U.S. Cyber Command and NSA head admiral Michael Rogers has set out what a worst-case scenario for a cyberattack against the US would look like.
In response to a question from Senator John McCain at a Senate Armed Services Committee hearing, Rogers said the worst case scenario would include "outright destructive attacks focused on some aspects of critical infrastructure" and data manipulation "on a massive scale".
He said that while until now most cyber activity has been "penetration and extraction" -- that is, hackers breaking in and stealing information -- for attackers to break in and alter information is "a very different kind of challenge for us".
Rogers said the third element of a worst-case scenario centered on "what happens when non-state actors decide that cyber now is an attractive weapon and enables them to destroy the status quo".
Russian-backed hackers have been blamed for leaks in the run-up to last year's US election and Rogers was asked at the hearing whether he had seen any reduction in Russian efforts to meddle. He responded: "No, I have not."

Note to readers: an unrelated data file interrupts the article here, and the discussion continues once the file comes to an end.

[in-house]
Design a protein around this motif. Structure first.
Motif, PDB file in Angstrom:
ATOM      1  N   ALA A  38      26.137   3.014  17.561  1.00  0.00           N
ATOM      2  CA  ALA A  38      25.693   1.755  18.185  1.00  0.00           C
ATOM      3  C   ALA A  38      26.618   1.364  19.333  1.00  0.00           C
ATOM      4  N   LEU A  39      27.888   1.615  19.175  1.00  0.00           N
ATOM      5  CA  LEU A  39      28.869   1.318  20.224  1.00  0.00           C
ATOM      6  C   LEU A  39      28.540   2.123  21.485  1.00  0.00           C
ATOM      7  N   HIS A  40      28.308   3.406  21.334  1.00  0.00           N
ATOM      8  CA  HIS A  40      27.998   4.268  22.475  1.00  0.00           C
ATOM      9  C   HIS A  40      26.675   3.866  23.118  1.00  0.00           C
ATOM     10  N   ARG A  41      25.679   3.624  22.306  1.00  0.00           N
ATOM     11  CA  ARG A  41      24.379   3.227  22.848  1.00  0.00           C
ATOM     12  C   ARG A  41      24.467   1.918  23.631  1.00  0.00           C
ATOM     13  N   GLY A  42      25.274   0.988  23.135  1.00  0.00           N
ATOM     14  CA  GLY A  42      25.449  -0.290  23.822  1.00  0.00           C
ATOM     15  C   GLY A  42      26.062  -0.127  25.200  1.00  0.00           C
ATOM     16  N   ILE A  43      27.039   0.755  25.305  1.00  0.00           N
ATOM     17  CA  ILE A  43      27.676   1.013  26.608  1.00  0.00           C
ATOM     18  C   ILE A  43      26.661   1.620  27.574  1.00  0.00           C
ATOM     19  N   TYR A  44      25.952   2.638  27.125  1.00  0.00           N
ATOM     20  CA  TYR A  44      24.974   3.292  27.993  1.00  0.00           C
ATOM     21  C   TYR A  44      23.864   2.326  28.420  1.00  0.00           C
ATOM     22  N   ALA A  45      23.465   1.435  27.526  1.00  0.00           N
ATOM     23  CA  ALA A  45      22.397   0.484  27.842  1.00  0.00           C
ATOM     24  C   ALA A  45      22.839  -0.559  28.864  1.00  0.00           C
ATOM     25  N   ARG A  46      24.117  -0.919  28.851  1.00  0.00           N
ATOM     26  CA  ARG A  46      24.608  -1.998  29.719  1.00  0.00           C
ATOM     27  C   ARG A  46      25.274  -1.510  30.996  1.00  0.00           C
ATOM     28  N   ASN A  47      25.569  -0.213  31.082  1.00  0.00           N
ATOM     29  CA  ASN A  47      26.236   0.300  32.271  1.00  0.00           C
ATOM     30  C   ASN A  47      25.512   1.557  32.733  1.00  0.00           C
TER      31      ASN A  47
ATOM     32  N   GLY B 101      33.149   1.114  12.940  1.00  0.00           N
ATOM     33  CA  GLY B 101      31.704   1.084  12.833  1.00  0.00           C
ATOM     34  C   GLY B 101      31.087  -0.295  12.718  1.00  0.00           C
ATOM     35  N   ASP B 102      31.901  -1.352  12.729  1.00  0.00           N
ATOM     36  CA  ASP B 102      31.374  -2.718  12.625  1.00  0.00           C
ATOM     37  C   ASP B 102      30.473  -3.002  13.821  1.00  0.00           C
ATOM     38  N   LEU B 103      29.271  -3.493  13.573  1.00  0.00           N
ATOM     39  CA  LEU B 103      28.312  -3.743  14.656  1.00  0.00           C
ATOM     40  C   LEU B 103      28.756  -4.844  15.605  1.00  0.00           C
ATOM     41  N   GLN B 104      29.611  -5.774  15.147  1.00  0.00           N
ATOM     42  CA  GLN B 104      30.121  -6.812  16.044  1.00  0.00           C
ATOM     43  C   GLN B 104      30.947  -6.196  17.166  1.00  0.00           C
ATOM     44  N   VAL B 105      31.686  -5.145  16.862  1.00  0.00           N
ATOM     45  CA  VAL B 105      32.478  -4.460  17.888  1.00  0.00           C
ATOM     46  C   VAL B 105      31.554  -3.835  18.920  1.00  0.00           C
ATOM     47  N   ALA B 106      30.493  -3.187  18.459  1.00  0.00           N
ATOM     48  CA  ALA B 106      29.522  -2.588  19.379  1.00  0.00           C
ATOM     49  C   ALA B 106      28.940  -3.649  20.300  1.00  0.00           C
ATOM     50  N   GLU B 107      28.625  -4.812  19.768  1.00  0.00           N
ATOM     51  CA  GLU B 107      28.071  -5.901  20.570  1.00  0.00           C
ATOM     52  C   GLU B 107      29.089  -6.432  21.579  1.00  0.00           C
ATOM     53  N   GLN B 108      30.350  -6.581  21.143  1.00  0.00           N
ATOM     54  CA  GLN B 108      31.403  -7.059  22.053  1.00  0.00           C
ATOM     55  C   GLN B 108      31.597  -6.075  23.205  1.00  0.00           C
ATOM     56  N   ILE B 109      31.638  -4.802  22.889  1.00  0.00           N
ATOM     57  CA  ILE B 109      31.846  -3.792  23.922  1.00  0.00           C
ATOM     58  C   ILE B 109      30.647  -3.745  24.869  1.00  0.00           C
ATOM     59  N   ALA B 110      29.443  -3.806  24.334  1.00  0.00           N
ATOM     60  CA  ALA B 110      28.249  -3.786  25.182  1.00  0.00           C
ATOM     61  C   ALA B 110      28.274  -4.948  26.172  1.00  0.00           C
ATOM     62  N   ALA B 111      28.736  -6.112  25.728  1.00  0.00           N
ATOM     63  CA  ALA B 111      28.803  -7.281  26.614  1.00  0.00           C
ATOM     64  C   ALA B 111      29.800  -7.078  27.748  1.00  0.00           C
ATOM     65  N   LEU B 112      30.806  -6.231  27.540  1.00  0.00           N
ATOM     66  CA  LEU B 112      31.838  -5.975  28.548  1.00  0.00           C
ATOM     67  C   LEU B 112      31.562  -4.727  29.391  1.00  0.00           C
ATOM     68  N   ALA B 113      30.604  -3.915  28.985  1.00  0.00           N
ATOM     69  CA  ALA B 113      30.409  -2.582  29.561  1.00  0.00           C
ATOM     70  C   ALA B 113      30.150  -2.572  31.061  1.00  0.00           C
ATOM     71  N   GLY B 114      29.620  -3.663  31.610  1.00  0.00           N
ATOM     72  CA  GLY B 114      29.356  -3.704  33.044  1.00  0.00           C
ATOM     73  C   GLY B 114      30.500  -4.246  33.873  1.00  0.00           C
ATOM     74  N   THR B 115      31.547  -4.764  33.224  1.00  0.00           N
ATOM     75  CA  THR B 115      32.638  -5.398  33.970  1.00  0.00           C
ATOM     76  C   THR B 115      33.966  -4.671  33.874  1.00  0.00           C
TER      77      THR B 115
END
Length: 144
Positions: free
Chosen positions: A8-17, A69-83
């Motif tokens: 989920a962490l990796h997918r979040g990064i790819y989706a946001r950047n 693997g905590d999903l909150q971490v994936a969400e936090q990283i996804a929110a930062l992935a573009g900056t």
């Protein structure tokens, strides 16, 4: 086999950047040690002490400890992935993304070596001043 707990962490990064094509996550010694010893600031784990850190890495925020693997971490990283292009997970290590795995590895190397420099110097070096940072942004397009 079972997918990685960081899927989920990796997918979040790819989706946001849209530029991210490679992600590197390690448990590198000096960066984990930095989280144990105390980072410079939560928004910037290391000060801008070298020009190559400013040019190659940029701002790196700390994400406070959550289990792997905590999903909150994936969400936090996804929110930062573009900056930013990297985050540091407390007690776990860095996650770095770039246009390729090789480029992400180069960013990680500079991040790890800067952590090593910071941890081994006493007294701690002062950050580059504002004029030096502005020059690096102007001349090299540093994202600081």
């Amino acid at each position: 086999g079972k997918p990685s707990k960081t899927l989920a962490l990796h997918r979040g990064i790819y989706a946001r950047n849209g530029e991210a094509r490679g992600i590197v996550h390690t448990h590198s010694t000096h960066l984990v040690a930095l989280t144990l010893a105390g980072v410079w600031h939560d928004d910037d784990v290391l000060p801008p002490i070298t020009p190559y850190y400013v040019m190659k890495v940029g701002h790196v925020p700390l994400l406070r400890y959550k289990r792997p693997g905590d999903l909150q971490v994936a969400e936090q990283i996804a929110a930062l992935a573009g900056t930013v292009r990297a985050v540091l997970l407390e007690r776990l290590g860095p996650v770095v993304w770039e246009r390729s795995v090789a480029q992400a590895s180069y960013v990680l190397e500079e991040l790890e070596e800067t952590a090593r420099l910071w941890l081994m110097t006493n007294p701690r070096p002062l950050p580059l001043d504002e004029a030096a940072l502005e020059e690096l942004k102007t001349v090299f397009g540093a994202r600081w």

Russia has denied any involvement in the hacking.
Rogers went on to stress the importance of developing ways to deter potential cyberattackers.
"We need to make it very clear to the nation states or groups that would engage in this behaviour that it is unacceptable and there is a price to pay for doing this," he said.
Rogers also said the US had given France a warning over cyberattacks in advance of the recent presidential election, which saw hackers steal and publish emails from the party of French candidate Emmanuel Macron.
Rogers said the US had been in touch with its French counterparts to warn them and said the US was also working with Germany and the UK. Rogers stated that the US had become aware of Russian "activity" and told the French: "'Look, we're watching the Russians we've seen them penetrate some of your infrastructure, here's what we've seen, what can we do to try and assist.'"
He added: "We're doing similar things with our German counterparts. With our British counterparts, they have an upcoming election sequence, we're all trying to figure out how we learn from each other."
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